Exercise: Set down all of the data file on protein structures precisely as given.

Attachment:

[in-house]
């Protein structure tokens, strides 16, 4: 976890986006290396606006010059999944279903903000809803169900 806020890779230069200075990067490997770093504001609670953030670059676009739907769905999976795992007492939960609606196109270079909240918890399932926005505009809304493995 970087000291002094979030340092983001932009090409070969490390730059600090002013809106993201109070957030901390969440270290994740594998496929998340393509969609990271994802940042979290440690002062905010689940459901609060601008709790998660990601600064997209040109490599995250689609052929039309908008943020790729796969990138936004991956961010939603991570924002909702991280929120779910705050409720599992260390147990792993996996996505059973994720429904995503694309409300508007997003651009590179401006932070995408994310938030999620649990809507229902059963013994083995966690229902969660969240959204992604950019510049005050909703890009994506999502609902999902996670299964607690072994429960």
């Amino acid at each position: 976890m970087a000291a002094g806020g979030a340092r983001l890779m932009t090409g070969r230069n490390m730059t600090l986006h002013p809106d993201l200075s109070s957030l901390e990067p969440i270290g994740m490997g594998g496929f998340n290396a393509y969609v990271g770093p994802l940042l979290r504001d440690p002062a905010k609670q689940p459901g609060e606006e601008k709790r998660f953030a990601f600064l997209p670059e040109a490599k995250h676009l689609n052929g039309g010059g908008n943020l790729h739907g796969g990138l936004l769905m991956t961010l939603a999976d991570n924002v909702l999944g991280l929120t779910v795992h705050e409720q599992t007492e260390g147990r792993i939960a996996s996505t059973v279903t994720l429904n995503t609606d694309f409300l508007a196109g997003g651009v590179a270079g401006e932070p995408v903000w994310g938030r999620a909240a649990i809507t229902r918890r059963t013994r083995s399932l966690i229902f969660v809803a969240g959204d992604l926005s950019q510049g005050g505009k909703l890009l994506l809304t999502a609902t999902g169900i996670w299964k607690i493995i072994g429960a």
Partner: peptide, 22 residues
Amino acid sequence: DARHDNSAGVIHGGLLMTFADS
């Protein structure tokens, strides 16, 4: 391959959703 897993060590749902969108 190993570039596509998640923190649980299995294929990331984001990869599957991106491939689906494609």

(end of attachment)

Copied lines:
[in-house]
């Protein structure tokens, strides 16, 4: 976890986006290396606006010059999944279903903000809803169900 806020890779230069200075990067490997770093504001609670953030670059676009739907769905999976795992007492939960609606196109270079909240918890399932926005505009809304493995 970087000291002094979030340092983001932009090409070969490390730059600090002013809106993201109070957030901390969440270290994740594998496929998340393509969609990271994802940042979290440690002062905010689940459901609060601008709790998660990601600064997209040109490599995250689609052929039309908008943020790729796969990138936004991956961010939603991570924002909702991280929120779910705050409720599992260390147990792993996996996505059973994720429904995503694309409300508007997003651009590179401006932070995408994310938030999620649990809507229902059963013994083995966690229902969660969240959204992604950019510049005050909703890009994506999502609902999902996670299964607690072994429960």
């Amino acid at each position: 976890m970087a000291a002094g806020g979030a340092r983001l890779m932009t090409g070969r230069n490390m730059t600090l986006h002013p809106d993201l200075s109070s957030l901390e990067p969440i270290g994740m490997g594998g496929f998340n290396a393509y969609v990271g770093p994802l940042l979290r504001d440690p002062a905010k609670q689940p459901g609060e606006e601008k709790r998660f953030a990601f600064l997209p670059e040109a490599k995250h676009l689609n052929g039309g010059g908008n943020l790729h739907g796969g990138l936004l769905m991956t961010l939603a999976d991570n924002v909702l999944g991280l929120t779910v795992h705050e409720q599992t007492e260390g147990r792993i939960a996996s996505t059973v279903t994720l429904n995503t609606d694309f409300l508007a196109g997003g651009v590179a270079g401006e932070p995408v903000w994310g938030r999620a909240a649990i809507t229902r918890r059963t013994r083995s399932l966690i229902f969660v809803a969240g959204d992604l926005s950019q510049g005050g505009k909703l890009l994506l809304t999502a609902t999902g169900i996670w299964k607690i493995i072994g429960a």
Partner: peptide, 22 residues
Amino acid sequence: DARHDNSAGVIHGGLLMTFADS
């Protein structure tokens, strides 16, 4: 391959959703 897993060590749902969108 190993570039596509998640923190649980299995294929990331984001990869599957991106491939689906494609």